Avoiding the “comprehensiveness” trap

Yesterday, I argued that public consensus exists regarding the two major non-budgetary legislative issues of the day, immigration and guns. I added, however, that political consensus may be thwarted due to the use of “comprehensive” legislation to address these issues.

This raises the question of why Congress should tackle issues “comprehensively.” As a friend — a high-level congressional staffer and experienced Washington hand — recently wrote to me:

Nothing good comes of comprehensive bills. They are bad for democracy; they are bad for the cause of small government; they are bad for sound policy.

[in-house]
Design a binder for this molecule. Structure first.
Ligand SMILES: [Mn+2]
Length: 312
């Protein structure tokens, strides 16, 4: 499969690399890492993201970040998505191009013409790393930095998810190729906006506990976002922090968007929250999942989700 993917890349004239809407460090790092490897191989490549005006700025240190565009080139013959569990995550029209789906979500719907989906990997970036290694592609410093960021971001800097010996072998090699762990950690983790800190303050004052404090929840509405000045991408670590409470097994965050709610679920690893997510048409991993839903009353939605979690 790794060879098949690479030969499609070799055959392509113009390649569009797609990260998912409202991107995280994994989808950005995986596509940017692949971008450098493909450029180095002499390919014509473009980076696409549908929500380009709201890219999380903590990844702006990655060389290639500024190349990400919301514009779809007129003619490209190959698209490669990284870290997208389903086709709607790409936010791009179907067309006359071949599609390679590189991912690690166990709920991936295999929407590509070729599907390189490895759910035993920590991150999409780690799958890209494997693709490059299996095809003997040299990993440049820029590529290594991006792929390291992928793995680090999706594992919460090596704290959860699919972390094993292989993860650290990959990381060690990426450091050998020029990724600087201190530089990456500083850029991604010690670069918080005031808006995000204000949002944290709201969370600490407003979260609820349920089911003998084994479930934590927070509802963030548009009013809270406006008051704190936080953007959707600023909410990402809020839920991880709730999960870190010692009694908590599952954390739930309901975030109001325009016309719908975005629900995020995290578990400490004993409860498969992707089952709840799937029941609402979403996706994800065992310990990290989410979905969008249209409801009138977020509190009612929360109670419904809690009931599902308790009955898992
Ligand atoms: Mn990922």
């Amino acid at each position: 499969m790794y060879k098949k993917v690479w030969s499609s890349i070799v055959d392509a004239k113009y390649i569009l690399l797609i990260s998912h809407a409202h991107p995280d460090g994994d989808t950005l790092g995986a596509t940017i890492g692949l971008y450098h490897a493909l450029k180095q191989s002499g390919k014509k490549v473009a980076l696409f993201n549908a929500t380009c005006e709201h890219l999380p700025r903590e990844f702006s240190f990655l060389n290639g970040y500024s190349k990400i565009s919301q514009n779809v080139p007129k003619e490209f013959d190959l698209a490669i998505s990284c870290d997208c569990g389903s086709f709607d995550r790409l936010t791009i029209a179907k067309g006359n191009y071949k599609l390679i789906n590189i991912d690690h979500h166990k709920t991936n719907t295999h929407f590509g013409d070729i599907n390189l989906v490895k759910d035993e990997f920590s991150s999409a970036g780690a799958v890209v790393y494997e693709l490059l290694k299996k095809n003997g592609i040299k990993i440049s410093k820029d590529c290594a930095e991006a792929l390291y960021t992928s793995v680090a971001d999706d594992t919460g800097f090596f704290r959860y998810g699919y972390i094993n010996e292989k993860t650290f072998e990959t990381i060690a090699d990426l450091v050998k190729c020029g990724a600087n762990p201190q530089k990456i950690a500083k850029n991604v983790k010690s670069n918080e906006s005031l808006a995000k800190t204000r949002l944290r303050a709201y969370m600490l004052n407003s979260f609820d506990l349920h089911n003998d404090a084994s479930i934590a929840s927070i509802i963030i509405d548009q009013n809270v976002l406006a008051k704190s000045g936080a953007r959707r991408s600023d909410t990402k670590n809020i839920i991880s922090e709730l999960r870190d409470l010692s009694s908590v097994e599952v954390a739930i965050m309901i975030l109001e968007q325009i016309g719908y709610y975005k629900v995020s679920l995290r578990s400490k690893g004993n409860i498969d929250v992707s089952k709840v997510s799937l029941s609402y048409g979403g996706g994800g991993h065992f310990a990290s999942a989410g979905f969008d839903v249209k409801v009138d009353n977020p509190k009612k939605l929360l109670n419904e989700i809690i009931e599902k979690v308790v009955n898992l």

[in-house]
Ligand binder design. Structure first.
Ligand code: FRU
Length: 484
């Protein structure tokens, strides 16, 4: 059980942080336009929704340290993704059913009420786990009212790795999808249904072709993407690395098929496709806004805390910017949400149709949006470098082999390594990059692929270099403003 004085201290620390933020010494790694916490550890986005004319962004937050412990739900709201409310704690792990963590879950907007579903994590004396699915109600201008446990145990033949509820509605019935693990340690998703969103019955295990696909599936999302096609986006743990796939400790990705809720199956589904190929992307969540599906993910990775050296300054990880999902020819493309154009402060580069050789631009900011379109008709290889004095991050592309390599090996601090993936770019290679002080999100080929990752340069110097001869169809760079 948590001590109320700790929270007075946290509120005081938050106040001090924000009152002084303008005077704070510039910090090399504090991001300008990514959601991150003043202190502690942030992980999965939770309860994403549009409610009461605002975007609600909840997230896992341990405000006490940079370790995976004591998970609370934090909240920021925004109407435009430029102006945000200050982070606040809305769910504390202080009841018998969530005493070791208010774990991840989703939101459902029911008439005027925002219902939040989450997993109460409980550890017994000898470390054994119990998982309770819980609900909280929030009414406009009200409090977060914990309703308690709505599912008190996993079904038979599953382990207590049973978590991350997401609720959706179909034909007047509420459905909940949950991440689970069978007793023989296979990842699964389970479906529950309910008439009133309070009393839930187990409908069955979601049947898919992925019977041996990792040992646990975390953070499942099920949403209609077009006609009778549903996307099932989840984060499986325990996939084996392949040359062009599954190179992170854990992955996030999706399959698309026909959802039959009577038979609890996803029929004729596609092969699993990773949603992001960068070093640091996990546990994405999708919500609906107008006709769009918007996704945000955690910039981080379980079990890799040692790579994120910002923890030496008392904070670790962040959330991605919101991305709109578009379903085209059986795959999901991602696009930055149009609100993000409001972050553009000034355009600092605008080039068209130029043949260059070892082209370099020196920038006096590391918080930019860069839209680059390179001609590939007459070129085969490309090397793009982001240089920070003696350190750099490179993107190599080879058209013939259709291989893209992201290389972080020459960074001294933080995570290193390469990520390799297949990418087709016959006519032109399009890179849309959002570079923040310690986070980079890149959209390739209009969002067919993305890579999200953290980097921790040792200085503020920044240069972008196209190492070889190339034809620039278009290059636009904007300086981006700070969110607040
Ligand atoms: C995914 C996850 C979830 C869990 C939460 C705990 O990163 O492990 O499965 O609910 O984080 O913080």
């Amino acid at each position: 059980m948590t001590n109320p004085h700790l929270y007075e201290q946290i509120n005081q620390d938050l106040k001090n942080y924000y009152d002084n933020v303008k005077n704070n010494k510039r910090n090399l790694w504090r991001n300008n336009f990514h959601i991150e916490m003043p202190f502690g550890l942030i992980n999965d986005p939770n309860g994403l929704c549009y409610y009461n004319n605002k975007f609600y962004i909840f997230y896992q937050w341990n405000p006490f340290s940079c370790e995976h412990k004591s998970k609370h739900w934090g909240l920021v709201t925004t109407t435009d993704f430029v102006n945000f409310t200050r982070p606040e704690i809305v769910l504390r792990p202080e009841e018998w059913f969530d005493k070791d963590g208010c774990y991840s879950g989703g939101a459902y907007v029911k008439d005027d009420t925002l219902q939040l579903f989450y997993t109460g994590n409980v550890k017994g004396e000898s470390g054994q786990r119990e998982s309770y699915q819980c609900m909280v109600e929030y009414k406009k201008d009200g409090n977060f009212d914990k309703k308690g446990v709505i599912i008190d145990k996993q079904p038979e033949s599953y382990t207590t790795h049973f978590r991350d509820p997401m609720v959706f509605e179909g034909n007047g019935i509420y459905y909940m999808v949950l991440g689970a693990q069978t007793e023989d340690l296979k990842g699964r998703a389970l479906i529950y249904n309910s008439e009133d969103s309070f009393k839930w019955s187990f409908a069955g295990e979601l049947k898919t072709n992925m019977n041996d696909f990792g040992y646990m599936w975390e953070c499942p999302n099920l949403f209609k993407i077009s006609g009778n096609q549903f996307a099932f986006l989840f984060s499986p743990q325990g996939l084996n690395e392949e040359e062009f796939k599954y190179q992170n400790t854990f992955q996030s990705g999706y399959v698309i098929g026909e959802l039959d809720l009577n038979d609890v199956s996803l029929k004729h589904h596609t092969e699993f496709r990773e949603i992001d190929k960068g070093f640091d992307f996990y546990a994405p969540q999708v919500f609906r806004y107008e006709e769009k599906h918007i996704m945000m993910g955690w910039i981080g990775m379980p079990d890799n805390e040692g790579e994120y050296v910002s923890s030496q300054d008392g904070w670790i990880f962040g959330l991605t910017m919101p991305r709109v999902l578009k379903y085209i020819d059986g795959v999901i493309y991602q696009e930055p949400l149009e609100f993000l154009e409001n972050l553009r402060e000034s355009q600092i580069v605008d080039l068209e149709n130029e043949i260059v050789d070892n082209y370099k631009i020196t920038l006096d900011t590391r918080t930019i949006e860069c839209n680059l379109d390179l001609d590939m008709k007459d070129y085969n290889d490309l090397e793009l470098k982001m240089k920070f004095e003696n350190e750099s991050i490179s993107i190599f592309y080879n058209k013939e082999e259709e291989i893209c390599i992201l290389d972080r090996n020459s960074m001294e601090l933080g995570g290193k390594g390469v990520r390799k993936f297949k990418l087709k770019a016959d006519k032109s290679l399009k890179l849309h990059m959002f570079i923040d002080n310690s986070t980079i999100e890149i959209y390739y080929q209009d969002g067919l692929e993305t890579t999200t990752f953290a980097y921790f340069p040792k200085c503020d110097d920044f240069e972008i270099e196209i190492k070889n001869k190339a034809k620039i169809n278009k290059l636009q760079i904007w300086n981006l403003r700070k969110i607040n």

This explains, I think, why Democrats like comprehensive legislation. But why do Republicans play along? As my friend wrote:

Our [party] — the party of limited, responsible government — should simply not put its weight behind comprehensive bills. The House should stand up on those grounds.


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